against the project. Wright said that Project Keystone could be a good thing for Murfreesboro if HRP representatives conceded to having more condominiums and fewer apartments, however, representatives maintained that the strict number of 239 apartments was necessary for the developers to turn a profit.

“I do not like the mix of apartments to condominiums; I do not think the city should be selling to an apartment developer,” Wright said. “I don’t think the average person in Murfreesboro wants any more apartments built.”

Wright said that though the would-be apartments will probably look nice and flashy for as many as five years after they’re built, he’s worried that they will look outdated and run down in 15 or 20 years. He said by then, the Keystone apartments would occupy a large area of the Murfreesboro downtown, while condos by comparison would most

likely look far nicer as the years went on.

“Their main objective is to make money,” Wright said. “They don’t really care if Murfreesboro expands or not, they’re doing this to make money.”

Wright said that the average prices of the proposed condos have yet to be disclosed; however, while attending a summer meeting about the project he was told that the cost of rent for one-bedroom apartments would start somewhere in the $1,900—$2,100 range and go up from there, “not inexpensive,” Wright said.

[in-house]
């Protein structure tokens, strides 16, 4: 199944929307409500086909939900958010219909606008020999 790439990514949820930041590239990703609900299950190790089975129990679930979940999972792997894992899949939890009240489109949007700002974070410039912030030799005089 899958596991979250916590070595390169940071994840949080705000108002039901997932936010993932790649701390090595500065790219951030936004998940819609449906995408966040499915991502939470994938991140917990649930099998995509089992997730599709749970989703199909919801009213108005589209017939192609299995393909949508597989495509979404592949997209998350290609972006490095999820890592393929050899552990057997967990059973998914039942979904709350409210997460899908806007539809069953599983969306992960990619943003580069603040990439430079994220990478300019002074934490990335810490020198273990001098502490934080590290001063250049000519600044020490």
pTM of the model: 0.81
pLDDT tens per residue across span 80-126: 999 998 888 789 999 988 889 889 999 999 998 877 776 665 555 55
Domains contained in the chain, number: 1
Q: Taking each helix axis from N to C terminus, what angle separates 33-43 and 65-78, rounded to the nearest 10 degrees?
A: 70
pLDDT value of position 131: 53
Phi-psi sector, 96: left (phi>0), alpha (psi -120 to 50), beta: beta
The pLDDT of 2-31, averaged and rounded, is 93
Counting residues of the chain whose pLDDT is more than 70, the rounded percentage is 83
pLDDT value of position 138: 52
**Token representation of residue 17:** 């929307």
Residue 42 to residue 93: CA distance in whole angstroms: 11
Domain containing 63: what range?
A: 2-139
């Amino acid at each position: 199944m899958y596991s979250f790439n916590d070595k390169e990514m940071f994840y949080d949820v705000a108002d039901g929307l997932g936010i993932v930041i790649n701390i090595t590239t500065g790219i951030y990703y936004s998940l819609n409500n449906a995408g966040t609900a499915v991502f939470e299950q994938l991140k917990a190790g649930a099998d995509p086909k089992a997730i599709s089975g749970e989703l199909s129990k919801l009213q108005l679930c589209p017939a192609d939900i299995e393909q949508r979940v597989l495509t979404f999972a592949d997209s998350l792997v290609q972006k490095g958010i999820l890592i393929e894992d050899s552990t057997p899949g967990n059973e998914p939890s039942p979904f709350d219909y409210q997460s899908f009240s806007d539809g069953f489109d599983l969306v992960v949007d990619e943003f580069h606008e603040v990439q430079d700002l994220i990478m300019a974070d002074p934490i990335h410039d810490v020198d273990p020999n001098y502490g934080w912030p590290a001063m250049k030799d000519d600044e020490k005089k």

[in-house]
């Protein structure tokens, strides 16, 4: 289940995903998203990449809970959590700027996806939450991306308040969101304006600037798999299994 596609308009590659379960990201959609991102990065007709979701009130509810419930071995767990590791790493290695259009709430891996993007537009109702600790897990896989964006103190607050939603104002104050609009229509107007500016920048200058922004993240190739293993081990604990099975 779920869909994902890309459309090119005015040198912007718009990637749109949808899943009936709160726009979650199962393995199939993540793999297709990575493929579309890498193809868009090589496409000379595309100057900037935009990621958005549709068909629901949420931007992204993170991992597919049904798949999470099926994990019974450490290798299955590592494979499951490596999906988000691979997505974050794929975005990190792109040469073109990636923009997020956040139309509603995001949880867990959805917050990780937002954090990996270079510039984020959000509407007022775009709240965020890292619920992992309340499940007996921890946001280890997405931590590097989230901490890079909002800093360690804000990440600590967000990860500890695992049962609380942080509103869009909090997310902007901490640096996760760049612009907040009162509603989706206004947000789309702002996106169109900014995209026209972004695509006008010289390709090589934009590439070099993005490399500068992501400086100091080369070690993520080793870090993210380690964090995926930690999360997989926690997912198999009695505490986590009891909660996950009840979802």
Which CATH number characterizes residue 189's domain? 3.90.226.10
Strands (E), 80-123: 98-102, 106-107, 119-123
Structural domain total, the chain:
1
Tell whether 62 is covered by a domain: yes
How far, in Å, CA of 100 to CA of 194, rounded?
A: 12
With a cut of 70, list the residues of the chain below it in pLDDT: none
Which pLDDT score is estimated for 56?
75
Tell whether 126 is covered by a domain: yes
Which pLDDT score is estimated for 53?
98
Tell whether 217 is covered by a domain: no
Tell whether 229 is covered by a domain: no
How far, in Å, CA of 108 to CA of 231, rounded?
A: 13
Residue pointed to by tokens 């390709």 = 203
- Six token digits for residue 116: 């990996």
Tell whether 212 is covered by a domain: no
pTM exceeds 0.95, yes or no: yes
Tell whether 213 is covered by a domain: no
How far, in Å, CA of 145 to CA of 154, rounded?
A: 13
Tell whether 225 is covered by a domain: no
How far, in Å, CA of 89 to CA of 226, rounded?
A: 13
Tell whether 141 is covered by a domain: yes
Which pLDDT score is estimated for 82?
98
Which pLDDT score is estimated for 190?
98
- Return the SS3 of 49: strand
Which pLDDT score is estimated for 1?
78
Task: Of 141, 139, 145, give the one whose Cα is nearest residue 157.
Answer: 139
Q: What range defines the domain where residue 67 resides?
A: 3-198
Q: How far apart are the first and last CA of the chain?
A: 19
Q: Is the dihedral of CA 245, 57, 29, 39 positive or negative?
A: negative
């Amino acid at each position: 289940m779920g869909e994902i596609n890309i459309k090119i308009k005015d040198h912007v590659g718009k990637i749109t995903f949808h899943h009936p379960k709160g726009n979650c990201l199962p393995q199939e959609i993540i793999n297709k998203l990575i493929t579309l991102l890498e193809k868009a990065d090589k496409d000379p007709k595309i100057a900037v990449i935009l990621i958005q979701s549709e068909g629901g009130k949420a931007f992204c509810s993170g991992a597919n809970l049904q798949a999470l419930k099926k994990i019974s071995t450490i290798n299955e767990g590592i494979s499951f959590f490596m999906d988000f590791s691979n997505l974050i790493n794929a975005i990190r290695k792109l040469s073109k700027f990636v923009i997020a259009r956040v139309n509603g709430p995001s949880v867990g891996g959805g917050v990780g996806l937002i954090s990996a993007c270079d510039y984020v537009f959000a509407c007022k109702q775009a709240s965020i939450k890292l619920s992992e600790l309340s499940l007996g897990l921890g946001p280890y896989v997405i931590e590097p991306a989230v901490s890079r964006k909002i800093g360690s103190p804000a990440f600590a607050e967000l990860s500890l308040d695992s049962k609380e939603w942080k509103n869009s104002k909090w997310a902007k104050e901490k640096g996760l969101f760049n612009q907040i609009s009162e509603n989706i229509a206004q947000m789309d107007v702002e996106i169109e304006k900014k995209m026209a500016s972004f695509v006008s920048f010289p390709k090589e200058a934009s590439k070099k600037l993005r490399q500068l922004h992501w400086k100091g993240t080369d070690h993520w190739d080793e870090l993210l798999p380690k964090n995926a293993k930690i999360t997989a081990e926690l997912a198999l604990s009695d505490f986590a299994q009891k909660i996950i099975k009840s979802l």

Several citizens voicing their opinions online have been hopeful that the project will bring more opportunity to downtown Murfreesboro. One anonymous Reddit user commented on a thread related to Keystone that they believed building living spaces near many of the jobs available downtown could help reduce traffic congestion.

“[MTSU], all the lawyer offices, the courts and government offices, the numerous larger professional buildings and banks, heck, even the bars and restaurants in the area would have a few [employees]. If you expand to a 3-mile radius it’s an enormous number,” the local said, naming jobs that could benefit from the housing near downtown that the project would bring. “Adding housing in the sprawl area is how traffic ends up much much worse.”